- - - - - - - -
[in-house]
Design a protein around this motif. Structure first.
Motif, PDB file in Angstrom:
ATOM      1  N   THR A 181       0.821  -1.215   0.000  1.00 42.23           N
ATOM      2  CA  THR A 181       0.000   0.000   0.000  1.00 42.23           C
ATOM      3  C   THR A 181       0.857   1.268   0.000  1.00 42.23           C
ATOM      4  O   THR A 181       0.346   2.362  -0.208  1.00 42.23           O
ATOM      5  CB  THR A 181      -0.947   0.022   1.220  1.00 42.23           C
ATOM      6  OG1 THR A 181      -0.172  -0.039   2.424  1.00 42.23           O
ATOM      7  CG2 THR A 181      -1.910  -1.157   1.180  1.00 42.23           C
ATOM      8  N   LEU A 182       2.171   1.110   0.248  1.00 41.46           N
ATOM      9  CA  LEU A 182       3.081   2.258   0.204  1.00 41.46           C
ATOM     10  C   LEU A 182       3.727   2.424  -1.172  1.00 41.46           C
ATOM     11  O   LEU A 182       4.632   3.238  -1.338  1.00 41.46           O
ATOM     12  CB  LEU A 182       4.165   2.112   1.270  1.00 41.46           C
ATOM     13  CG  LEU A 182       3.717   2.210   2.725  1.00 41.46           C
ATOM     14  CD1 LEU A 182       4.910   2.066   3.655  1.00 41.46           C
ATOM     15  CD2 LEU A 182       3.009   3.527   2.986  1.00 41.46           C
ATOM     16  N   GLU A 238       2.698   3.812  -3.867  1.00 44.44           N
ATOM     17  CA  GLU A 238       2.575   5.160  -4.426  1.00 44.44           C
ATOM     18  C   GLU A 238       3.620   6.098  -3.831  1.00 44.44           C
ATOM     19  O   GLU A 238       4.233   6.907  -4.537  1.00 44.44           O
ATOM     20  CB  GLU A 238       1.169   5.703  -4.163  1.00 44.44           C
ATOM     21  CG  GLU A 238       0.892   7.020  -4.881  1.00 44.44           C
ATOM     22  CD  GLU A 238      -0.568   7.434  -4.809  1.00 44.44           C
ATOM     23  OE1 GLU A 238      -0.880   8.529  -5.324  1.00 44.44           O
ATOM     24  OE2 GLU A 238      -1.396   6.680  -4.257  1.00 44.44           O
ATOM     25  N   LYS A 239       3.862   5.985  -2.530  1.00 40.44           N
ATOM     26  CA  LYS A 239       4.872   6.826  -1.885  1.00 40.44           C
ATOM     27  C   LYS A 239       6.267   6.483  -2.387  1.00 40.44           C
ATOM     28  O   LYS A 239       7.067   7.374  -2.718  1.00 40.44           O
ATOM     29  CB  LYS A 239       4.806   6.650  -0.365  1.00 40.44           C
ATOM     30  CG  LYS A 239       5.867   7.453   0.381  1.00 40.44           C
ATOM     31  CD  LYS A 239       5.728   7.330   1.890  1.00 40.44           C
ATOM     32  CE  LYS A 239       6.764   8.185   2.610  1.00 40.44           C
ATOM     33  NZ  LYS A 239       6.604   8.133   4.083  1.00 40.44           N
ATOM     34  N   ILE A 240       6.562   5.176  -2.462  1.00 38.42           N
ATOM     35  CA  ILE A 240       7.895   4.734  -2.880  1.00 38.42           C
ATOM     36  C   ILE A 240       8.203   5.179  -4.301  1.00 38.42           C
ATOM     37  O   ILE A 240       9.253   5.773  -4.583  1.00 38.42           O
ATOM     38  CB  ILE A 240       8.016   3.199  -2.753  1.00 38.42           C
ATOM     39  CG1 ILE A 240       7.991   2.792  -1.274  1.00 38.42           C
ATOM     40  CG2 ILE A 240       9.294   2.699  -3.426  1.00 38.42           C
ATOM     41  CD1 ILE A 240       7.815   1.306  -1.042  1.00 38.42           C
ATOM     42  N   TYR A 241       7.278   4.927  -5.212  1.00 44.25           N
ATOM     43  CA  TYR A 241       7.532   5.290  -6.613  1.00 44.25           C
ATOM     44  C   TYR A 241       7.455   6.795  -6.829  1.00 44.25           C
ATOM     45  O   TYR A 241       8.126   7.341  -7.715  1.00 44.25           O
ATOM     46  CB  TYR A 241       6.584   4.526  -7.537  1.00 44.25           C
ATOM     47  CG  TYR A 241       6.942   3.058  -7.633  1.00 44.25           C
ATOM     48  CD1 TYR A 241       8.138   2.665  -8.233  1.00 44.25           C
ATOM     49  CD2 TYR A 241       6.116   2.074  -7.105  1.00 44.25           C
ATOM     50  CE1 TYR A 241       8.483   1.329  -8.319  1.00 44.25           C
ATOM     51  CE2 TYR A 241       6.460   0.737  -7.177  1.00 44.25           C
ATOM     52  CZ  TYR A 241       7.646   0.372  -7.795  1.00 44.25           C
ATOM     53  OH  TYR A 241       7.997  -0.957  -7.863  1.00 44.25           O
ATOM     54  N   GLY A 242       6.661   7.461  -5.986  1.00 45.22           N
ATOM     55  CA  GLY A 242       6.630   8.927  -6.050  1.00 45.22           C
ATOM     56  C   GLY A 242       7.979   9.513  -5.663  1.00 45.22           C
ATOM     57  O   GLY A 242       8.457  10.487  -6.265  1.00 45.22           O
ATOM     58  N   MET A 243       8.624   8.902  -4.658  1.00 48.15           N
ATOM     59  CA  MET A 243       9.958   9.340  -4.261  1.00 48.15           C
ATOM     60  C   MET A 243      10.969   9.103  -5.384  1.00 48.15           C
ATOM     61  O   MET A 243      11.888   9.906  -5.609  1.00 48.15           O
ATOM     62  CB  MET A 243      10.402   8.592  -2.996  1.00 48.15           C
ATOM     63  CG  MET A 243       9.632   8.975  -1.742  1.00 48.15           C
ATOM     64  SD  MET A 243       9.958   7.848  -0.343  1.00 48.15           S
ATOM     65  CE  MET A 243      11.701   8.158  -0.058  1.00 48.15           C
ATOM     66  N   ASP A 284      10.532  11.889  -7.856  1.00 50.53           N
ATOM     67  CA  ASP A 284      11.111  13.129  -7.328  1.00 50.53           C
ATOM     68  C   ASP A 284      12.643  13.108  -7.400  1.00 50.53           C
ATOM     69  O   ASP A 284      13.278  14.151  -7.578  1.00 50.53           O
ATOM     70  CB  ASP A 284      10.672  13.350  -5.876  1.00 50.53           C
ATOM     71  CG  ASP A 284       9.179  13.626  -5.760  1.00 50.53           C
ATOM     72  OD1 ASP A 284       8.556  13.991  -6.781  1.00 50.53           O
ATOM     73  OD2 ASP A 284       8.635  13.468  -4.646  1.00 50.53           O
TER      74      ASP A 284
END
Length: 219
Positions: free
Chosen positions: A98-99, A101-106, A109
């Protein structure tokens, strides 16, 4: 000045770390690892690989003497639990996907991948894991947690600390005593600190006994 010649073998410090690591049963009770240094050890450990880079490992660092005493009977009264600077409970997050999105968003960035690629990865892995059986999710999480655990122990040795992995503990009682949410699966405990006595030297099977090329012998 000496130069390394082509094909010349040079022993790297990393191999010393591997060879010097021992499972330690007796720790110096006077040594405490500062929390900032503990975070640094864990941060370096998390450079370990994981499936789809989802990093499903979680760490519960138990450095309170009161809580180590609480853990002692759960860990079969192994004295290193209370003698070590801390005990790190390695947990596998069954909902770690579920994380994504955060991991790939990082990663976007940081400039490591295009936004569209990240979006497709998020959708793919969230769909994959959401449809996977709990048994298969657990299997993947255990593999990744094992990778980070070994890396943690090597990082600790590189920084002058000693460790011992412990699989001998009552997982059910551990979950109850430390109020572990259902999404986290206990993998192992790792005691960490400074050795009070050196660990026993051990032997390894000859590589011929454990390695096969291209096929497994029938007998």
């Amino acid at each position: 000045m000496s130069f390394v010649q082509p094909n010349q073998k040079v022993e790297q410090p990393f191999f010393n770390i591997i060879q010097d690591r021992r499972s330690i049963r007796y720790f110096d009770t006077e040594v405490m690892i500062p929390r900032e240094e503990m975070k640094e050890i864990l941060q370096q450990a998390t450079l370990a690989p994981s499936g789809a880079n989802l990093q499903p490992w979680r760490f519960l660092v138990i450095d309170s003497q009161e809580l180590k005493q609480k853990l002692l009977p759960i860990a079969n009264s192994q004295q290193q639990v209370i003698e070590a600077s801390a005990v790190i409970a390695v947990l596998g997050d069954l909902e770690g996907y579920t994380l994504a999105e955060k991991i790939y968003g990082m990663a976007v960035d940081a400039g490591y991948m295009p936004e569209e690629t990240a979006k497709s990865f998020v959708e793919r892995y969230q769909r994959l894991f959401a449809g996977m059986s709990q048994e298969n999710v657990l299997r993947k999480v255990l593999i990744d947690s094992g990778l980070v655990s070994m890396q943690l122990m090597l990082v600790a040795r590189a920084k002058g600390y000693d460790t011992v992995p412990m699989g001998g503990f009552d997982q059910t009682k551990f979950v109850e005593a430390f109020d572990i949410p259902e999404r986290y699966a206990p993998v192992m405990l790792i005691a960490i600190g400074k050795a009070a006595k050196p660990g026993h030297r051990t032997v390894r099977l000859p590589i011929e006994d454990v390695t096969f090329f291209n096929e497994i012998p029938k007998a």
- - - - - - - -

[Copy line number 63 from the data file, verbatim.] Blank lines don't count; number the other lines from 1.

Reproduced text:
ATOM     60  C   MET A 243      10.969   9.103  -5.384  1.00 48.15           C